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(1982). George Sand: A Woman's Destiny. Int. R. Psycho-Anal., 9:447-460.

(1982). International Review of Psycho-Analysis, 9:447-460

George Sand: A Woman's Destiny

SUMMARY

This 1928 paper, which has hitherto been untranslated into English, plays a part in the history of psychoanalysis. When Helene Deutsch first delivered it, she was the founding Director of the Training Institute of the Vienna Psychoanalytic Society.

Psychoanalytic theories about femininity have been among the most controversial parts of Freud's legacy. As the first analyst to publish a book on women (1925), Helene Deutsch has taken her share of the criticism for the import of Freud's outlook. In making the subject of women her speciality, Helene Deutsch felt she had to come to terms with the life of George Sand. With the inevitable limitations of such a pioneering application of psychoanalysis to a non-clinical subject, the article is a precursor to what today comes under the heading of psycho-history.

Helene Deutsch did uncritically accept certain stereotypes of her time as to what constitutes maleness and femaleness. It is fairer not to pretend that what we now think could have been magically foreshadowed in early psychoanalysis. The history of ideas should expand our tolerance for the inevitable limitations of any era's viewpoint, and include acknowledging our own biases.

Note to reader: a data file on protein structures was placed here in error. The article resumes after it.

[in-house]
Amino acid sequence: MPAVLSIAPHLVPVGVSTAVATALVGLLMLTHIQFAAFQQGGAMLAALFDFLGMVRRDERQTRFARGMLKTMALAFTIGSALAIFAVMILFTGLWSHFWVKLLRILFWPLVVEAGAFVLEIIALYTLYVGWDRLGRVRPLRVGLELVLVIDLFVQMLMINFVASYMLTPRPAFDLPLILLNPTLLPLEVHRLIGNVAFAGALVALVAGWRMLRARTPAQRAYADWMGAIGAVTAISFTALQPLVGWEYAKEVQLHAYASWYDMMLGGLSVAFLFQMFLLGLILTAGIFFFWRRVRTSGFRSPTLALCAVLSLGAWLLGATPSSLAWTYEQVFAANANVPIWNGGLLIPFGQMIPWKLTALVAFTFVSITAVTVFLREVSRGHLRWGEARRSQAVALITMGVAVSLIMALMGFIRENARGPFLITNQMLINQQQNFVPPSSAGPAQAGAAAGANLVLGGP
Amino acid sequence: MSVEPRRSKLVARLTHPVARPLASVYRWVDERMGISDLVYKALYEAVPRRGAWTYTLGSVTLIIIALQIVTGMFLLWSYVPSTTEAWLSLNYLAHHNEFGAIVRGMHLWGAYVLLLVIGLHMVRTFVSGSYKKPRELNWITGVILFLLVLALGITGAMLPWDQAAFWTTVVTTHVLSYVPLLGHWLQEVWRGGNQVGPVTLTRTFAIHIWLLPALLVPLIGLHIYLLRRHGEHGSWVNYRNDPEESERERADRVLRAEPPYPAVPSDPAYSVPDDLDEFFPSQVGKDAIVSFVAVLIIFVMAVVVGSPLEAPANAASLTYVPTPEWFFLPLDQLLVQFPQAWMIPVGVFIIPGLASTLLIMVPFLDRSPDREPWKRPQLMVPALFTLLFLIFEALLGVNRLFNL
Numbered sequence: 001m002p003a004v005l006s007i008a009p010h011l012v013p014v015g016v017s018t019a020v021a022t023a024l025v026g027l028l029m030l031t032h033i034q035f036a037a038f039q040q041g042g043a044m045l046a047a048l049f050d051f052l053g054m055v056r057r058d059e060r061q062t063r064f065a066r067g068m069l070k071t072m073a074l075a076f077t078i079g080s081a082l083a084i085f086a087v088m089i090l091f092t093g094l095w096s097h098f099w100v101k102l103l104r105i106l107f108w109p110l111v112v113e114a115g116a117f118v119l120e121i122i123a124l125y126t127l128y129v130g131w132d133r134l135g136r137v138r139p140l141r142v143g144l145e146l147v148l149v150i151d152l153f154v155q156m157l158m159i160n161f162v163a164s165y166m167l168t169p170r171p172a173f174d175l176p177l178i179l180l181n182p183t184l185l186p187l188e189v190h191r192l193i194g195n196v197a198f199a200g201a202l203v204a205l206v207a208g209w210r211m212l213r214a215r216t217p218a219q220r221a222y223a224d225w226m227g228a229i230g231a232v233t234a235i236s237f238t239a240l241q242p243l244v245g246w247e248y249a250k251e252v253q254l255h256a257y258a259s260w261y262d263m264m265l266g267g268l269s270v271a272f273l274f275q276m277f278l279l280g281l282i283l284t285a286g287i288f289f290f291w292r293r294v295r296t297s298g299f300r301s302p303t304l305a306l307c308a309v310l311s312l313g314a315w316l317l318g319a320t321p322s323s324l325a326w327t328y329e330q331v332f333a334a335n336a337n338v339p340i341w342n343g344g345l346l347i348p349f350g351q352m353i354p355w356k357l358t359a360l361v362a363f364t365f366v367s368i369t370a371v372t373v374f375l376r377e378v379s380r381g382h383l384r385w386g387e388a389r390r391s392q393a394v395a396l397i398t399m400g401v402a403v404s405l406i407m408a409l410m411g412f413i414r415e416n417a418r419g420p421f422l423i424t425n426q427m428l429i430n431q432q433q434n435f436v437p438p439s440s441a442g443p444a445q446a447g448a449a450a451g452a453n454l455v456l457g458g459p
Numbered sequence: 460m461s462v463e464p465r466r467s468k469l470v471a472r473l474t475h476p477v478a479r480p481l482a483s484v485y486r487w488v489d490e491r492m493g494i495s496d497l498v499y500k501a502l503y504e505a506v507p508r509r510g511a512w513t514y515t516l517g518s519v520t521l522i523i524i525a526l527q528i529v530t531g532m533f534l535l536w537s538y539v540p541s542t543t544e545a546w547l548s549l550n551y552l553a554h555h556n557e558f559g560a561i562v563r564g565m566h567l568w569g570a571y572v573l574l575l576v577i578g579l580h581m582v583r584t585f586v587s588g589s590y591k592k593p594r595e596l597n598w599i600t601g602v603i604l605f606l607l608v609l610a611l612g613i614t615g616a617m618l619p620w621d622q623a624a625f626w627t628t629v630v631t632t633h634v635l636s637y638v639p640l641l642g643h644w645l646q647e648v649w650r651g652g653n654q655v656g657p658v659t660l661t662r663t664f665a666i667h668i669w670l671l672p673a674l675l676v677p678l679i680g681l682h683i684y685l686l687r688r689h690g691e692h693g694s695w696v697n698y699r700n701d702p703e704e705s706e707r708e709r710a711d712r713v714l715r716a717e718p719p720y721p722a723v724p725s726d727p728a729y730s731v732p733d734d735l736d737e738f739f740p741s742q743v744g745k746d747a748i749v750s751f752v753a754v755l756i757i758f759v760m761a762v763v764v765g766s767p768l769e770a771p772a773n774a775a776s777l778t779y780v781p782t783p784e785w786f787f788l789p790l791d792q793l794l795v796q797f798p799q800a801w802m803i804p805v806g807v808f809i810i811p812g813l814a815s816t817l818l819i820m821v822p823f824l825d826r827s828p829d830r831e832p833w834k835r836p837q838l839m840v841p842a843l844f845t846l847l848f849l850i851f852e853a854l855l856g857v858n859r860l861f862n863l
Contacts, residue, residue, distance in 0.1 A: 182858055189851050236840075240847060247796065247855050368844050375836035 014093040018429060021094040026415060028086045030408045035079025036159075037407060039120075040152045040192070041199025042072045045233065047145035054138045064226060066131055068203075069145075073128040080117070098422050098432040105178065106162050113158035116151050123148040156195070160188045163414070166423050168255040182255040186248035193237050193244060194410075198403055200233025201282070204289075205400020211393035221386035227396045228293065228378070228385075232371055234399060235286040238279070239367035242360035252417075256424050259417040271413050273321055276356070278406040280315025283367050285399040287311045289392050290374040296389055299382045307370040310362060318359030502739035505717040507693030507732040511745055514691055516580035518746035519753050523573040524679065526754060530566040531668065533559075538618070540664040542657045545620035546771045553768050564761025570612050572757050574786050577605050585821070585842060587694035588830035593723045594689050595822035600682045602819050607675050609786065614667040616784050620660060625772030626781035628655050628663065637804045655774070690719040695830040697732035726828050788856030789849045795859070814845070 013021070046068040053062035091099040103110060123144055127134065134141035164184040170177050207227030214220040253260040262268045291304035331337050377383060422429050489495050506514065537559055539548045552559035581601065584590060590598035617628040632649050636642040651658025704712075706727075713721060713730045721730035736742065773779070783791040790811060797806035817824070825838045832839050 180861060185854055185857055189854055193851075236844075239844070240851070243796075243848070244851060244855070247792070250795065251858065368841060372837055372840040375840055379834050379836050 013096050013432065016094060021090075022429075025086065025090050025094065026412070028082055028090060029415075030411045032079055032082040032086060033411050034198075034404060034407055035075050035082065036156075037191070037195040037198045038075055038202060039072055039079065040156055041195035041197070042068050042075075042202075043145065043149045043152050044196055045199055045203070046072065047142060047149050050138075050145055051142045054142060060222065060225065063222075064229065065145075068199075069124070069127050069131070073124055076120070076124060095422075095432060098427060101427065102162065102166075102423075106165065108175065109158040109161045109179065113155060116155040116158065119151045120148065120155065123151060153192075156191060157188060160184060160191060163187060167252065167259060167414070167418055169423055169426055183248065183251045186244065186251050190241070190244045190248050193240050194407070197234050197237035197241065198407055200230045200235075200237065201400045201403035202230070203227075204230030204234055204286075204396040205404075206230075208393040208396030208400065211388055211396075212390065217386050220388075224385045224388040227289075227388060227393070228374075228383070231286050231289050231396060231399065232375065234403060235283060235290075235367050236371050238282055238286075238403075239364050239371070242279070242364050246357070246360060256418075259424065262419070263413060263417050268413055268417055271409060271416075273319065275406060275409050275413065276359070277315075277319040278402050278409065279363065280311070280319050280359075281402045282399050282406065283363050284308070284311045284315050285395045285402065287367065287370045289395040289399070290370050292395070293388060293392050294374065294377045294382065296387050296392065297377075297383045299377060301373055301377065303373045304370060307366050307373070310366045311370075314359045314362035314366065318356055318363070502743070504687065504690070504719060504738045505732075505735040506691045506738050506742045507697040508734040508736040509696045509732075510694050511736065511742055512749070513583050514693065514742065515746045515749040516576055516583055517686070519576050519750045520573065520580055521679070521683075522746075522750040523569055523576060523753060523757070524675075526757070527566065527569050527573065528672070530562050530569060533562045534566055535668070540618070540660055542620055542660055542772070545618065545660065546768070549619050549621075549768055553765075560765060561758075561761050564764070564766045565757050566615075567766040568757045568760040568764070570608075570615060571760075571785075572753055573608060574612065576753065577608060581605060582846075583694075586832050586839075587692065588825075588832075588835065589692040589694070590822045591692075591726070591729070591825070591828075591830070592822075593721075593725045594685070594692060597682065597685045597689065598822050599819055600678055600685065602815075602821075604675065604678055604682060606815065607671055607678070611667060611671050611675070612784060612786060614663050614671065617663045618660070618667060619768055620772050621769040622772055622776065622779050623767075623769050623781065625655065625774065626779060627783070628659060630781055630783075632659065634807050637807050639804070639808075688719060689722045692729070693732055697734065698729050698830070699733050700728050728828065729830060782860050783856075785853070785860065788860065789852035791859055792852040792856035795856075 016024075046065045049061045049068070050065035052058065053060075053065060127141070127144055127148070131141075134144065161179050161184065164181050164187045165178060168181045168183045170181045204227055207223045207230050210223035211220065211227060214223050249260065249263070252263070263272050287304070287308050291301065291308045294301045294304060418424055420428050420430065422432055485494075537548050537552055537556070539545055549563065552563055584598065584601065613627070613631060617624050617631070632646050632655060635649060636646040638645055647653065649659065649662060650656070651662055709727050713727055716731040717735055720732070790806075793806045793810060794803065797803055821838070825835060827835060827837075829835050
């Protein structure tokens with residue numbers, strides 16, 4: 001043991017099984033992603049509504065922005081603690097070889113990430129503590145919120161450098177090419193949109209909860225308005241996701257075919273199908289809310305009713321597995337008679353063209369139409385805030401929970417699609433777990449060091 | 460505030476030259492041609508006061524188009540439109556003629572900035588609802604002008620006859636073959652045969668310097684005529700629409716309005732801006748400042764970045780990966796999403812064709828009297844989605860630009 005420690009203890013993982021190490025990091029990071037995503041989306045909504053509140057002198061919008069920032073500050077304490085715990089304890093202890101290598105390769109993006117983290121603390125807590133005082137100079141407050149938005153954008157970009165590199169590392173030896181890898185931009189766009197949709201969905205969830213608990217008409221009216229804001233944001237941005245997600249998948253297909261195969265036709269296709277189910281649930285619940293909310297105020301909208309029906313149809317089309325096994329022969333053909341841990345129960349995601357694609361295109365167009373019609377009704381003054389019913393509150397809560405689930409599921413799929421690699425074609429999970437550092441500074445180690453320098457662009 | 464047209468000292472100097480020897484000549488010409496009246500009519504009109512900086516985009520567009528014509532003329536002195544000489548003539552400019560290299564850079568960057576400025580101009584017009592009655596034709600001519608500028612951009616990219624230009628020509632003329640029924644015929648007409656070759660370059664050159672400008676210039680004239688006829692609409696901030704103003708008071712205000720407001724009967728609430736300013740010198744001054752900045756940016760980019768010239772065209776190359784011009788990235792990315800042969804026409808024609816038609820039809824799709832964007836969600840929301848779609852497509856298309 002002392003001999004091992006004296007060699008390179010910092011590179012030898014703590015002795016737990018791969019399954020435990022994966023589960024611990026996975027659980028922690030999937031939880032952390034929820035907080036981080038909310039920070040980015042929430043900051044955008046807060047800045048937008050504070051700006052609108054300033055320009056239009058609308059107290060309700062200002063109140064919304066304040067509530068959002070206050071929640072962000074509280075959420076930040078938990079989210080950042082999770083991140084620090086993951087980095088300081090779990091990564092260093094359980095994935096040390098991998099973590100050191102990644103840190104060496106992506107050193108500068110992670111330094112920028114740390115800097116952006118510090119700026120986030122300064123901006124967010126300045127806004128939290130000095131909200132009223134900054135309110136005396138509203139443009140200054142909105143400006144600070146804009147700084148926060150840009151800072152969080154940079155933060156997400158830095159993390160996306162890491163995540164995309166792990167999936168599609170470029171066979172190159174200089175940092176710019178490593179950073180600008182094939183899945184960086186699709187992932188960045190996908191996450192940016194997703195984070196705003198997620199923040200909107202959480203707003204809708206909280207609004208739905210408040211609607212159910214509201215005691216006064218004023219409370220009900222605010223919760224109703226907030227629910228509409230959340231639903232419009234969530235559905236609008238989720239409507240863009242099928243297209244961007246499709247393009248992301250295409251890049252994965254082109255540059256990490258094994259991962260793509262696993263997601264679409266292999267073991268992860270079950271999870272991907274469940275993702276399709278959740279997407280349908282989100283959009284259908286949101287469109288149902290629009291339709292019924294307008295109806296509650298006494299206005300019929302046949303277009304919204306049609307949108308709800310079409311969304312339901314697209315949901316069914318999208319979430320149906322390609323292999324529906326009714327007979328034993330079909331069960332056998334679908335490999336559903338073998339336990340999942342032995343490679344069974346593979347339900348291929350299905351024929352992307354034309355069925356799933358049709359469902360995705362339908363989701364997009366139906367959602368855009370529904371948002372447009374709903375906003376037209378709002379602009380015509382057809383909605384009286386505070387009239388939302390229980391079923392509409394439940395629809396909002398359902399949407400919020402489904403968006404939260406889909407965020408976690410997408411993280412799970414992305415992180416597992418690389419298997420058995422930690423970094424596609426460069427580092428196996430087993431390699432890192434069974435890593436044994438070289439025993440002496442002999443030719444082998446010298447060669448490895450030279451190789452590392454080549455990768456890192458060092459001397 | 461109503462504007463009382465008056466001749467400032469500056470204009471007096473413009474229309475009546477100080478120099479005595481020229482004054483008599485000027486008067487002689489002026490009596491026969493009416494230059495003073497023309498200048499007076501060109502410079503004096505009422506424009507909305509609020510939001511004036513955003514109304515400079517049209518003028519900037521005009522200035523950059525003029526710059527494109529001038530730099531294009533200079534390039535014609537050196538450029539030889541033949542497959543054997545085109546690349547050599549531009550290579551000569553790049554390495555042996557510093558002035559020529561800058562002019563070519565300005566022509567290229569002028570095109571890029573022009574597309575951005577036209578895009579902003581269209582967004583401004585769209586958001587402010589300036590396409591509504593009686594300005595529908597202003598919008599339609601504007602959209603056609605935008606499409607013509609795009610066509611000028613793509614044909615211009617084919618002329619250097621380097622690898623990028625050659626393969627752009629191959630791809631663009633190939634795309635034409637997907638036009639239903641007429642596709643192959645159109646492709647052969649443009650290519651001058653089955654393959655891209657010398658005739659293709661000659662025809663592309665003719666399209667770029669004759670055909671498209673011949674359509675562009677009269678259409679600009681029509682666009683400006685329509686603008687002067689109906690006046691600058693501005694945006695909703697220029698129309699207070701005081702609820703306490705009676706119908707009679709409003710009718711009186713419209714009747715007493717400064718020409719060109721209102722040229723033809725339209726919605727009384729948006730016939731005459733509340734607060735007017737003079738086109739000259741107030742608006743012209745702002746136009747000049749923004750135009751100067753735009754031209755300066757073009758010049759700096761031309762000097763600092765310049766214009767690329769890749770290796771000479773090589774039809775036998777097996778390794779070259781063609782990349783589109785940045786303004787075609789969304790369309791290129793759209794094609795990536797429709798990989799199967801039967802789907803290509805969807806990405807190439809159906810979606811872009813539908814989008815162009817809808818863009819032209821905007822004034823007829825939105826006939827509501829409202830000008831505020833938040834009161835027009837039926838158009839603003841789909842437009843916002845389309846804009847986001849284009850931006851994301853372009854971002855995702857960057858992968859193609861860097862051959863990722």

It is unfortunately still true that talented women have an exceptionally hard time of it emotionally. In her account of George Sand, Helene Deutsch worked from the premise of the universality of bisexual trends. The earlier Freudian viewpoint did have the advantage of accepting a good measure of non-conformity as an inevitable and desirable part of life. One of Helene Deutsch's themes is the twisted course of mothering in George Sand's life. If Helene Deutsch over-emphasized George Sand's divided soul, one ought to remember how innovative it was to be writing about motherhood in 1928.

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